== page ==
b. Geographic subdivisions. Geographic subdivisions indicate the geographic area to which treatment of a topic is limited. They may designate where something is located, or where something is from, depending upon the topic. When a heading is authorized for geographic subdivision, it may be subdivided by place. See H 364 for guidelines on coding authority records to authorize geographic subdivision for headings. See H 830 for instructions on assigning authorized headings with geographic subdivisions. Geographic subdivisions appear in $z subfields in MARC 21.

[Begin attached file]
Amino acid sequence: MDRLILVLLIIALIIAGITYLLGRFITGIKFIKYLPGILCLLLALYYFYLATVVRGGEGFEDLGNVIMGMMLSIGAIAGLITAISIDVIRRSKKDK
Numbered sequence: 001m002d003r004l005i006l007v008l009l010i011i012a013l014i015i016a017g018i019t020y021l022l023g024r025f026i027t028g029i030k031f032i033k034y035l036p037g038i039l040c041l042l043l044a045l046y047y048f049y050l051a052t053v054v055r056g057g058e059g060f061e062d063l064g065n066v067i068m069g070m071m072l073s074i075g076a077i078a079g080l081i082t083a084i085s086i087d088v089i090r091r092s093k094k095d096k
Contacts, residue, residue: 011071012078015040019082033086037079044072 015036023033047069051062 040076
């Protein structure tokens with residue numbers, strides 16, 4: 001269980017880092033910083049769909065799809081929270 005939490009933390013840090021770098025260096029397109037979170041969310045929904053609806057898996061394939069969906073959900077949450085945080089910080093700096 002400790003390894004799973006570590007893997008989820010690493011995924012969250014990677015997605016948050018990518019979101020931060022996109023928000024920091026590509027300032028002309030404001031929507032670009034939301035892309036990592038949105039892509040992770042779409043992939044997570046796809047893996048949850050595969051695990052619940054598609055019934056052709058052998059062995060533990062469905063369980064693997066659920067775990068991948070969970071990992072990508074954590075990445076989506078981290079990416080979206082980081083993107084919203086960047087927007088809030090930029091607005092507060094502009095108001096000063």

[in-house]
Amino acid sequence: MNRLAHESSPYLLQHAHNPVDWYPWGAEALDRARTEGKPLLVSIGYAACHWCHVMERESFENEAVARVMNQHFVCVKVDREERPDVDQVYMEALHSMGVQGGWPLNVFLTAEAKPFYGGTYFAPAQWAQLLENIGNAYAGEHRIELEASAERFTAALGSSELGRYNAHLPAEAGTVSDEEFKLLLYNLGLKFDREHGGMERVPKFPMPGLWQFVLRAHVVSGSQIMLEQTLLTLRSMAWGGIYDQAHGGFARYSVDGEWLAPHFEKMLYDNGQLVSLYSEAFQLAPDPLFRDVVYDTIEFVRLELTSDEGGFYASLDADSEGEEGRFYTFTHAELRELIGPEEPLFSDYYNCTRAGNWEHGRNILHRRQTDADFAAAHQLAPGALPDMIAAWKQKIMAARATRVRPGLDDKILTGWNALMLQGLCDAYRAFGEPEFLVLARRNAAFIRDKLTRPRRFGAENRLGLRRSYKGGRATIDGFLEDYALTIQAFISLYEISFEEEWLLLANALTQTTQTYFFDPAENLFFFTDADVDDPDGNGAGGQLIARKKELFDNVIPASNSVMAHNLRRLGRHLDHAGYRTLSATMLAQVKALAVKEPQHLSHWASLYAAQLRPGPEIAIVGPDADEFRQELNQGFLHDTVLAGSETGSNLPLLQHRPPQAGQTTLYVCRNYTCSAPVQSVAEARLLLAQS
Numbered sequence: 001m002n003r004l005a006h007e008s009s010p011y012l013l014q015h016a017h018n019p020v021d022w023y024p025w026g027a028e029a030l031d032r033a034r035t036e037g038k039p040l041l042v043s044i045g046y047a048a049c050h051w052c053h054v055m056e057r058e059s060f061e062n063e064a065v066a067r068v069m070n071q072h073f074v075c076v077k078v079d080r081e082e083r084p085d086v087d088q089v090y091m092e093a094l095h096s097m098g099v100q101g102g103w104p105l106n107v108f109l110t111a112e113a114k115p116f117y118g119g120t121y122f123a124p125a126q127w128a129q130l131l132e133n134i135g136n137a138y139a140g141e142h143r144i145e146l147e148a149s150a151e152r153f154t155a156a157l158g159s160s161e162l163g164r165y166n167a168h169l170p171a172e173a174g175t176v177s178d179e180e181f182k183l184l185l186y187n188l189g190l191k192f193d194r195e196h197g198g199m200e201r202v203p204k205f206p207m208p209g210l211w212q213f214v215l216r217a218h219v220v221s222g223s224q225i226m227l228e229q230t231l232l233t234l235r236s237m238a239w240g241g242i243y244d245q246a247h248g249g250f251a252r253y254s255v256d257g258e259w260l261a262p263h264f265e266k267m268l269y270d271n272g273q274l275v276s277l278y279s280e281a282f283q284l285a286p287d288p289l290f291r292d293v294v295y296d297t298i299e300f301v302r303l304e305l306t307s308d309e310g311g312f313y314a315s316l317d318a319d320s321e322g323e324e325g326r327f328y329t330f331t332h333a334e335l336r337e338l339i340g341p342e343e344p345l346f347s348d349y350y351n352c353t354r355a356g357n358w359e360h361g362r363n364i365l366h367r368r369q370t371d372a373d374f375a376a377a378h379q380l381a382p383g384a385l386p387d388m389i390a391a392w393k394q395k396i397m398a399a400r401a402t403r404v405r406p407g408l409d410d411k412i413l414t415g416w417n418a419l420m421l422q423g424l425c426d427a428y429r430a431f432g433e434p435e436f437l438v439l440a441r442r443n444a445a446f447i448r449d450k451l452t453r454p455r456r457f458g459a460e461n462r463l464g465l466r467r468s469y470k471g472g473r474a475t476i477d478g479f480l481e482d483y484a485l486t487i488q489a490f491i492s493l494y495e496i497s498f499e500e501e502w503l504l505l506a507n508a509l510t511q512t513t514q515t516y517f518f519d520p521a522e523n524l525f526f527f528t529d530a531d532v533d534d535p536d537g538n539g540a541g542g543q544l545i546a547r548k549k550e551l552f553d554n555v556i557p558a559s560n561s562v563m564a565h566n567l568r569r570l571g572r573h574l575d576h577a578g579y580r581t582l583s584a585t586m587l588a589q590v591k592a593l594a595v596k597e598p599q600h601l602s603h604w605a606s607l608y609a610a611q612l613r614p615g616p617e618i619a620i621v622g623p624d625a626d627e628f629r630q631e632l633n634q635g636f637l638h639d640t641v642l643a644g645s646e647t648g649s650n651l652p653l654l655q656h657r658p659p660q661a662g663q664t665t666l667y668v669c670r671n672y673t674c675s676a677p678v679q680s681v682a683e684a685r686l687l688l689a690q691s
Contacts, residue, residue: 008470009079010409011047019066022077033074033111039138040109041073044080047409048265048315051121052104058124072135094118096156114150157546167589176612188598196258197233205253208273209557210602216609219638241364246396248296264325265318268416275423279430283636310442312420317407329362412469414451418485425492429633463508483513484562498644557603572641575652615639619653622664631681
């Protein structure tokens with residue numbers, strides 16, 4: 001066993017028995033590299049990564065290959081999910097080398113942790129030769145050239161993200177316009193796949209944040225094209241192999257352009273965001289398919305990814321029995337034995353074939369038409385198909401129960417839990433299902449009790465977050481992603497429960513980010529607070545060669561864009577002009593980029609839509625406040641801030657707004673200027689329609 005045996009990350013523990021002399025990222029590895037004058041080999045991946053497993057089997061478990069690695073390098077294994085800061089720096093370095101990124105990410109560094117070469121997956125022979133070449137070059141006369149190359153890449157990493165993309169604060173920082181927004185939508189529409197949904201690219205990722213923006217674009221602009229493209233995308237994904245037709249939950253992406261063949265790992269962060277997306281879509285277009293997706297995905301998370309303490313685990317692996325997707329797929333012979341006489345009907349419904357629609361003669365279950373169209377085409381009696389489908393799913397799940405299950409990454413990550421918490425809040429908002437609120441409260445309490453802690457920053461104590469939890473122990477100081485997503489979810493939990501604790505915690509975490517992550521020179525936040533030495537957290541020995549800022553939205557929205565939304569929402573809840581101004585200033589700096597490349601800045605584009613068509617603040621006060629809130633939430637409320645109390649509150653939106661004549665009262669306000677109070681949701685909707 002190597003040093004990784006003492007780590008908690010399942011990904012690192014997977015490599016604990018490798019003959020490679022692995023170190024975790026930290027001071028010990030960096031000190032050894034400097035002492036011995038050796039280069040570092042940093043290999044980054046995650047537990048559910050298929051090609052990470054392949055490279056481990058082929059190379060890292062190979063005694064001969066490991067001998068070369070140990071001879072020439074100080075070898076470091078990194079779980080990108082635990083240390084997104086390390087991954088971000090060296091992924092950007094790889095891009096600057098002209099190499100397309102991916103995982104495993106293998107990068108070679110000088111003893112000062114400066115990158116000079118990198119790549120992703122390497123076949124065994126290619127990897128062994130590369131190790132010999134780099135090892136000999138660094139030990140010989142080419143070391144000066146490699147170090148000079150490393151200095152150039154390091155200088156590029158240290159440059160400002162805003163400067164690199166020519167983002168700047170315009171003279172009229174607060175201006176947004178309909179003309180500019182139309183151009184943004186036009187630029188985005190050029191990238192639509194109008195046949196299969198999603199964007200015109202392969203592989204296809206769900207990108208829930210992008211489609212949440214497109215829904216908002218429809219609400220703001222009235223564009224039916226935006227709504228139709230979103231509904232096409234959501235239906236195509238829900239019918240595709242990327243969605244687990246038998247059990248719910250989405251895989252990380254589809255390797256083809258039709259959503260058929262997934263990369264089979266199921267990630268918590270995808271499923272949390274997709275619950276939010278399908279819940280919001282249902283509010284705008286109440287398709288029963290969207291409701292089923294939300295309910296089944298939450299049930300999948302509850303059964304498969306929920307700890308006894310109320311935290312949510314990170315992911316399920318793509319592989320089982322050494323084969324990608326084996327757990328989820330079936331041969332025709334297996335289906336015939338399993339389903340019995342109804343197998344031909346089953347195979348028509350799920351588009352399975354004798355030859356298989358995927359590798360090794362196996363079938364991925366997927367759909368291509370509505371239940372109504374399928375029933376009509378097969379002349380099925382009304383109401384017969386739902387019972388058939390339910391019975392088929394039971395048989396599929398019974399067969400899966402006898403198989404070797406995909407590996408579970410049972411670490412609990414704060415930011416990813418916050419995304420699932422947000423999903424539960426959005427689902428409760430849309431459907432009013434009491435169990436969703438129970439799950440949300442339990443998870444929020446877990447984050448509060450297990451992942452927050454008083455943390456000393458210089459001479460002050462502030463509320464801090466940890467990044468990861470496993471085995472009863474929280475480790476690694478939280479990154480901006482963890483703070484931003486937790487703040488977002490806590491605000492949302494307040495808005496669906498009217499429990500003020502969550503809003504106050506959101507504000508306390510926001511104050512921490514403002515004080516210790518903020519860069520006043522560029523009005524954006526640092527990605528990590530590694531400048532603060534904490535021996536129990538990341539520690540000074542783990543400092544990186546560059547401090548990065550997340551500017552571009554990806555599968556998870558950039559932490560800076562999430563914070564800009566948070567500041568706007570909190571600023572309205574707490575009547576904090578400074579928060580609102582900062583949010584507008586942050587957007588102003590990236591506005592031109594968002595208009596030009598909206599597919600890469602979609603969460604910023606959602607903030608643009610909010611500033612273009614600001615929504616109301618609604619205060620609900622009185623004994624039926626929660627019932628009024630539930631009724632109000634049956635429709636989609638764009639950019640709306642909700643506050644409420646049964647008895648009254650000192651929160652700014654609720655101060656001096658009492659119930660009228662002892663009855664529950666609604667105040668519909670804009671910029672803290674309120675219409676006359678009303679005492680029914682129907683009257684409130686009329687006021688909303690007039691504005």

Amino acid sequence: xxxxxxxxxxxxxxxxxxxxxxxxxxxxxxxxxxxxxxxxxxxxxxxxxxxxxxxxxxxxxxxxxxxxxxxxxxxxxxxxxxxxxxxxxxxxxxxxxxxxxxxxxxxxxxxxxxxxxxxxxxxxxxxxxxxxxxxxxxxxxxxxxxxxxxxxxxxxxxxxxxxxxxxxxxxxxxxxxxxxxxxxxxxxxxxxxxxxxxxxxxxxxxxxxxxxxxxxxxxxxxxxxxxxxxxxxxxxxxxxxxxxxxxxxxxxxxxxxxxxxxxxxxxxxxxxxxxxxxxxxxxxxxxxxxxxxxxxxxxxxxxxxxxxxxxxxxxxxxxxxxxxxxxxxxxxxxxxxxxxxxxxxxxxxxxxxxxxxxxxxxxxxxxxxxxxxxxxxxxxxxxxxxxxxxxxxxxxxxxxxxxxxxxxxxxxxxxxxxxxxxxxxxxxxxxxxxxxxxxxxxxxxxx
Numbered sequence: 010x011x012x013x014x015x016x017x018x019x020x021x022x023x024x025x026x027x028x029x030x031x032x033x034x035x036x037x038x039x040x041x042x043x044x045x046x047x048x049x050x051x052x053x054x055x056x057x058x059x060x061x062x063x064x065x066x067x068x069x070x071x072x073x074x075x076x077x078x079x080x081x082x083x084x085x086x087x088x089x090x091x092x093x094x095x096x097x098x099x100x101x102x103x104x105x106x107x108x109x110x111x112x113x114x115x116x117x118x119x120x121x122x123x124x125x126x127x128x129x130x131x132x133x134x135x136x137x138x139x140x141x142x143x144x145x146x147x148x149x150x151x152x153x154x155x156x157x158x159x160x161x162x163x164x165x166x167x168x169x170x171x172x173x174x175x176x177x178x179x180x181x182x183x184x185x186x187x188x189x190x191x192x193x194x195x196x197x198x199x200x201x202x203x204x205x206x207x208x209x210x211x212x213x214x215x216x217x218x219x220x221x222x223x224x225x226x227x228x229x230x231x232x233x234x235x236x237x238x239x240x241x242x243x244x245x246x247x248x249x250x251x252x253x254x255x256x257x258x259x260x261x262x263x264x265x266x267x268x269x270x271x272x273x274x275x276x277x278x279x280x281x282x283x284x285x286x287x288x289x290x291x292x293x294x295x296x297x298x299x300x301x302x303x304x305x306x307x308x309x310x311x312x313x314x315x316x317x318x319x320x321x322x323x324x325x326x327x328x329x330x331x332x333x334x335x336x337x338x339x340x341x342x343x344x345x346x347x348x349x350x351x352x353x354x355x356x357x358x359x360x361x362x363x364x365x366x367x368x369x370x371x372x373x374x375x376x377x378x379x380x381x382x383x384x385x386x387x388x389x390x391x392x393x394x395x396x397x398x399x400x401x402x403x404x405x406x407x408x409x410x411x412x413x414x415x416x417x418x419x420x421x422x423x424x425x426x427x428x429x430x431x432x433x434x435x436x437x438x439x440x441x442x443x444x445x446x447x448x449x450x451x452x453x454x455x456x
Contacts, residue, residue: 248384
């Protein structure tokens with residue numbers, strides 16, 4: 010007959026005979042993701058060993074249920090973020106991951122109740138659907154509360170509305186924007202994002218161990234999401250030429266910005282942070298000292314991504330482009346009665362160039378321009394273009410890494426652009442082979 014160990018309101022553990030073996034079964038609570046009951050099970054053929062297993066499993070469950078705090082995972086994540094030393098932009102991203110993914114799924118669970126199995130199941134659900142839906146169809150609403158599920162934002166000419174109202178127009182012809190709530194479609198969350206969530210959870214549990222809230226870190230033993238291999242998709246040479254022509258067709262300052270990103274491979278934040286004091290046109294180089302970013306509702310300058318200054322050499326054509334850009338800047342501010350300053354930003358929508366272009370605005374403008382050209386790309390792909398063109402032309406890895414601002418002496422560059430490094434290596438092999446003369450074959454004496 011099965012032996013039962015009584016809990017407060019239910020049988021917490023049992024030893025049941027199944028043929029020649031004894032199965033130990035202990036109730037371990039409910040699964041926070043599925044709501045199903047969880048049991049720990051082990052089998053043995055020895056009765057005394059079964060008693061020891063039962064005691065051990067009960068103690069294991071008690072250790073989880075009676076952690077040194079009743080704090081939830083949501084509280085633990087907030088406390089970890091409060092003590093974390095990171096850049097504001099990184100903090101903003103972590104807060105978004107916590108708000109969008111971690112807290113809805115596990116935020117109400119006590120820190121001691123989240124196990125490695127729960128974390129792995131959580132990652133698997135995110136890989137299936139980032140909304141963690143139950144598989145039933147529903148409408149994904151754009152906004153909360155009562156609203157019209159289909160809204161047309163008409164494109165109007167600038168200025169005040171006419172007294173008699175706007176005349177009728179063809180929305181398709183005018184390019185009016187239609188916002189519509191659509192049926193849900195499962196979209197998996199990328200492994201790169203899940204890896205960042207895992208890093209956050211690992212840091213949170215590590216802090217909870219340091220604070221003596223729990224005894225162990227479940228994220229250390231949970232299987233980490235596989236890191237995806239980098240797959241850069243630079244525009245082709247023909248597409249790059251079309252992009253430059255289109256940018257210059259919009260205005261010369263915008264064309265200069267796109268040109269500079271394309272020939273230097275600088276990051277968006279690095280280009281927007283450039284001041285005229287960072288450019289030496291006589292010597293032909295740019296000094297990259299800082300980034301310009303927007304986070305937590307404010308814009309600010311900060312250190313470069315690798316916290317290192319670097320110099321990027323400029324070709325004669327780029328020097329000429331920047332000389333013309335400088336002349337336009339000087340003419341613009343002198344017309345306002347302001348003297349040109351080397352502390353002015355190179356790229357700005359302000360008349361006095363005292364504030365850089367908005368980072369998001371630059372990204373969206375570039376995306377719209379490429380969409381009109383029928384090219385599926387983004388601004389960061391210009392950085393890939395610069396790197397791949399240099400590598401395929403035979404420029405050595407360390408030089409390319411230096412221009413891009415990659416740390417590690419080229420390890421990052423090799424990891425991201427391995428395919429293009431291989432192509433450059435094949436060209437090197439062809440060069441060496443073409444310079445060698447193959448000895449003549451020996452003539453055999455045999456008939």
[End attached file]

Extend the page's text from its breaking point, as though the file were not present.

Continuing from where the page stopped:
c. Chronological subdivisions. Chronological or period subdivisions indicate time periods covered in the contents of the work. They are usually associated with a historical treatment of a topic and are established or used under topics after the subdivision -History, for example, Women-History-To 500. With topics and topical subdivisions that the Library of Congress treats as inherently historical (cf. H 1647, sec. 4), chronological subdivisions are established without interposing the subdivision -History, for example, Russia-Social conditions-1801-1917. Chronological subdivisions that are established or used under artistic, literary, or music form/genre headings modify the main heading and represent artistic, literary, or musical compositions or works created in that time period, for example, Engraving-18th century; French poetry-19th century; Sonatas (Piano)-20th century. Consult H 620 for further information on chronological subdivisions. Chronological subdivisions appear in $y subfields in MARC 21.